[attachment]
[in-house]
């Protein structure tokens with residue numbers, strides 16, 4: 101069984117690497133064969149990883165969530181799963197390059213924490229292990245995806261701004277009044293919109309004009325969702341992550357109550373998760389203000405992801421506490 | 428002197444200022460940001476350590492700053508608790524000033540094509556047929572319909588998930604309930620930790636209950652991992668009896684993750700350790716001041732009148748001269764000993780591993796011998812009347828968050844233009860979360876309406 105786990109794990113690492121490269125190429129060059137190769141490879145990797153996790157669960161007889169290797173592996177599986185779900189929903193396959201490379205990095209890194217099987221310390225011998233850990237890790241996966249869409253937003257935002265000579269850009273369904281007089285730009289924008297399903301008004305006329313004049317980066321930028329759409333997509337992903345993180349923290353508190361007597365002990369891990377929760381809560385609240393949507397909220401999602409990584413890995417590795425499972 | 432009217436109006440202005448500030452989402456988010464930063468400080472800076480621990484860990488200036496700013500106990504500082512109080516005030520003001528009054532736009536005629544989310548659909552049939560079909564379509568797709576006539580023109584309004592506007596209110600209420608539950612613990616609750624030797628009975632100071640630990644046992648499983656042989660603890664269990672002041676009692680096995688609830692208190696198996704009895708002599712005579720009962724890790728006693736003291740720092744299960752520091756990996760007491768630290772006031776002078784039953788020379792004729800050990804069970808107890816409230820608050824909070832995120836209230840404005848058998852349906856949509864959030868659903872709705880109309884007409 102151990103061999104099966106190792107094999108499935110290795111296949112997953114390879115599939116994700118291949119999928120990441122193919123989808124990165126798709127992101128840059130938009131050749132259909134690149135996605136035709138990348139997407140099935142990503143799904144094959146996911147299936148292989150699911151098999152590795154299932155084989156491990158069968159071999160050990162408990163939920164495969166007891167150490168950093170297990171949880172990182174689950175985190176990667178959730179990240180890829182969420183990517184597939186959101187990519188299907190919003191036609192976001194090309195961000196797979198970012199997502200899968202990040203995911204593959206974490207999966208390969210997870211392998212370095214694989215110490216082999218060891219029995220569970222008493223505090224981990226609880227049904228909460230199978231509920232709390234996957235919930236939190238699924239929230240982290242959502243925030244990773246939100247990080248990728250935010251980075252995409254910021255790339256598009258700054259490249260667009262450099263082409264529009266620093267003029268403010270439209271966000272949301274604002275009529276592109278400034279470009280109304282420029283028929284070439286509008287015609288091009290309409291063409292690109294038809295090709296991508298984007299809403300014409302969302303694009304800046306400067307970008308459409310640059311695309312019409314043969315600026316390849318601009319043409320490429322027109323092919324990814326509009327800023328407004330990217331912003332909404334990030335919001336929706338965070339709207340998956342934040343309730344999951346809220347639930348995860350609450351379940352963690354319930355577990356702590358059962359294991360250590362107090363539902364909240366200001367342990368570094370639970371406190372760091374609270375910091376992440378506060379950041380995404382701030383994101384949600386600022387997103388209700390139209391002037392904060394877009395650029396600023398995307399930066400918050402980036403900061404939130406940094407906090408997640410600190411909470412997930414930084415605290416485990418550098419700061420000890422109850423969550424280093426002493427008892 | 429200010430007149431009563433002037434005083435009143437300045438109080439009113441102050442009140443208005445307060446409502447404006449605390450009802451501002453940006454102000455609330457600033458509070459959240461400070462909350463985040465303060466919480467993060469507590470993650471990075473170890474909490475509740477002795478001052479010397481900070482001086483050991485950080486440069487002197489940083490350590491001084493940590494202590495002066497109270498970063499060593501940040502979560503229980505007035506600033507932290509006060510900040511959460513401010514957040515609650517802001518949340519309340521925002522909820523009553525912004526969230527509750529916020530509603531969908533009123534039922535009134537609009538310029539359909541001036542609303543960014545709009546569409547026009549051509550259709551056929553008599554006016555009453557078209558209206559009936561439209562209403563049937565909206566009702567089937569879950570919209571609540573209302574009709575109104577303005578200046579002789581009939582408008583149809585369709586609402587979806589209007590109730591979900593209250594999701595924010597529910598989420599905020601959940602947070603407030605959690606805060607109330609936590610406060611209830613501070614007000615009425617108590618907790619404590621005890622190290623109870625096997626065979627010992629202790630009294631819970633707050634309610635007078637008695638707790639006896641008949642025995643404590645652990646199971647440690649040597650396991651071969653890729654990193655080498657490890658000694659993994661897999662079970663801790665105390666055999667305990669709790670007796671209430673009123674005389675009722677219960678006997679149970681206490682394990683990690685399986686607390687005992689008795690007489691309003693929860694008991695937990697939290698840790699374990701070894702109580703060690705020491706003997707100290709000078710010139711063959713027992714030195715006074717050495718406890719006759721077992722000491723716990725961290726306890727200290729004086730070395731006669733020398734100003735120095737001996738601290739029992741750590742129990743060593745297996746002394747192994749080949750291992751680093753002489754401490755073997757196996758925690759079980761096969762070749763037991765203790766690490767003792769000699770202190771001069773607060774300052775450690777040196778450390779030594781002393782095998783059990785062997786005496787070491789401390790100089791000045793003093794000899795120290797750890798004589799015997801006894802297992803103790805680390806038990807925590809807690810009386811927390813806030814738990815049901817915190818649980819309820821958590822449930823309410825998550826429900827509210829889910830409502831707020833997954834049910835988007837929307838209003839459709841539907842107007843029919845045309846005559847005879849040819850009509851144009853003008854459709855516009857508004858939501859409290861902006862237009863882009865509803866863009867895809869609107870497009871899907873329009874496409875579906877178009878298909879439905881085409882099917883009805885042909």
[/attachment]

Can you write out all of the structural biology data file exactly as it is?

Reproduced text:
[in-house]
């Protein structure tokens with residue numbers, strides 16, 4: 101069984117690497133064969149990883165969530181799963197390059213924490229292990245995806261701004277009044293919109309004009325969702341992550357109550373998760389203000405992801421506490 | 428002197444200022460940001476350590492700053508608790524000033540094509556047929572319909588998930604309930620930790636209950652991992668009896684993750700350790716001041732009148748001269764000993780591993796011998812009347828968050844233009860979360876309406 105786990109794990113690492121490269125190429129060059137190769141490879145990797153996790157669960161007889169290797173592996177599986185779900189929903193396959201490379205990095209890194217099987221310390225011998233850990237890790241996966249869409253937003257935002265000579269850009273369904281007089285730009289924008297399903301008004305006329313004049317980066321930028329759409333997509337992903345993180349923290353508190361007597365002990369891990377929760381809560385609240393949507397909220401999602409990584413890995417590795425499972 | 432009217436109006440202005448500030452989402456988010464930063468400080472800076480621990484860990488200036496700013500106990504500082512109080516005030520003001528009054532736009536005629544989310548659909552049939560079909564379509568797709576006539580023109584309004592506007596209110600209420608539950612613990616609750624030797628009975632100071640630990644046992648499983656042989660603890664269990672002041676009692680096995688609830692208190696198996704009895708002599712005579720009962724890790728006693736003291740720092744299960752520091756990996760007491768630290772006031776002078784039953788020379792004729800050990804069970808107890816409230820608050824909070832995120836209230840404005848058998852349906856949509864959030868659903872709705880109309884007409 102151990103061999104099966106190792107094999108499935110290795111296949112997953114390879115599939116994700118291949119999928120990441122193919123989808124990165126798709127992101128840059130938009131050749132259909134690149135996605136035709138990348139997407140099935142990503143799904144094959146996911147299936148292989150699911151098999152590795154299932155084989156491990158069968159071999160050990162408990163939920164495969166007891167150490168950093170297990171949880172990182174689950175985190176990667178959730179990240180890829182969420183990517184597939186959101187990519188299907190919003191036609192976001194090309195961000196797979198970012199997502200899968202990040203995911204593959206974490207999966208390969210997870211392998212370095214694989215110490216082999218060891219029995220569970222008493223505090224981990226609880227049904228909460230199978231509920232709390234996957235919930236939190238699924239929230240982290242959502243925030244990773246939100247990080248990728250935010251980075252995409254910021255790339256598009258700054259490249260667009262450099263082409264529009266620093267003029268403010270439209271966000272949301274604002275009529276592109278400034279470009280109304282420029283028929284070439286509008287015609288091009290309409291063409292690109294038809295090709296991508298984007299809403300014409302969302303694009304800046306400067307970008308459409310640059311695309312019409314043969315600026316390849318601009319043409320490429322027109323092919324990814326509009327800023328407004330990217331912003332909404334990030335919001336929706338965070339709207340998956342934040343309730344999951346809220347639930348995860350609450351379940352963690354319930355577990356702590358059962359294991360250590362107090363539902364909240366200001367342990368570094370639970371406190372760091374609270375910091376992440378506060379950041380995404382701030383994101384949600386600022387997103388209700390139209391002037392904060394877009395650029396600023398995307399930066400918050402980036403900061404939130406940094407906090408997640410600190411909470412997930414930084415605290416485990418550098419700061420000890422109850423969550424280093426002493427008892 | 429200010430007149431009563433002037434005083435009143437300045438109080439009113441102050442009140443208005445307060446409502447404006449605390450009802451501002453940006454102000455609330457600033458509070459959240461400070462909350463985040465303060466919480467993060469507590470993650471990075473170890474909490475509740477002795478001052479010397481900070482001086483050991485950080486440069487002197489940083490350590491001084493940590494202590495002066497109270498970063499060593501940040502979560503229980505007035506600033507932290509006060510900040511959460513401010514957040515609650517802001518949340519309340521925002522909820523009553525912004526969230527509750529916020530509603531969908533009123534039922535009134537609009538310029539359909541001036542609303543960014545709009546569409547026009549051509550259709551056929553008599554006016555009453557078209558209206559009936561439209562209403563049937565909206566009702567089937569879950570919209571609540573209302574009709575109104577303005578200046579002789581009939582408008583149809585369709586609402587979806589209007590109730591979900593209250594999701595924010597529910598989420599905020601959940602947070603407030605959690606805060607109330609936590610406060611209830613501070614007000615009425617108590618907790619404590621005890622190290623109870625096997626065979627010992629202790630009294631819970633707050634309610635007078637008695638707790639006896641008949642025995643404590645652990646199971647440690649040597650396991651071969653890729654990193655080498657490890658000694659993994661897999662079970663801790665105390666055999667305990669709790670007796671209430673009123674005389675009722677219960678006997679149970681206490682394990683990690685399986686607390687005992689008795690007489691309003693929860694008991695937990697939290698840790699374990701070894702109580703060690705020491706003997707100290709000078710010139711063959713027992714030195715006074717050495718406890719006759721077992722000491723716990725961290726306890727200290729004086730070395731006669733020398734100003735120095737001996738601290739029992741750590742129990743060593745297996746002394747192994749080949750291992751680093753002489754401490755073997757196996758925690759079980761096969762070749763037991765203790766690490767003792769000699770202190771001069773607060774300052775450690777040196778450390779030594781002393782095998783059990785062997786005496787070491789401390790100089791000045793003093794000899795120290797750890798004589799015997801006894802297992803103790805680390806038990807925590809807690810009386811927390813806030814738990815049901817915190818649980819309820821958590822449930823309410825998550826429900827509210829889910830409502831707020833997954834049910835988007837929307838209003839459709841539907842107007843029919845045309846005559847005879849040819850009509851144009853003008854459709855516009857508004858939501859409290861902006862237009863882009865509803866863009867895809869609107870497009871899907873329009874496409875579906877178009878298909879439905881085409882099917883009805885042909």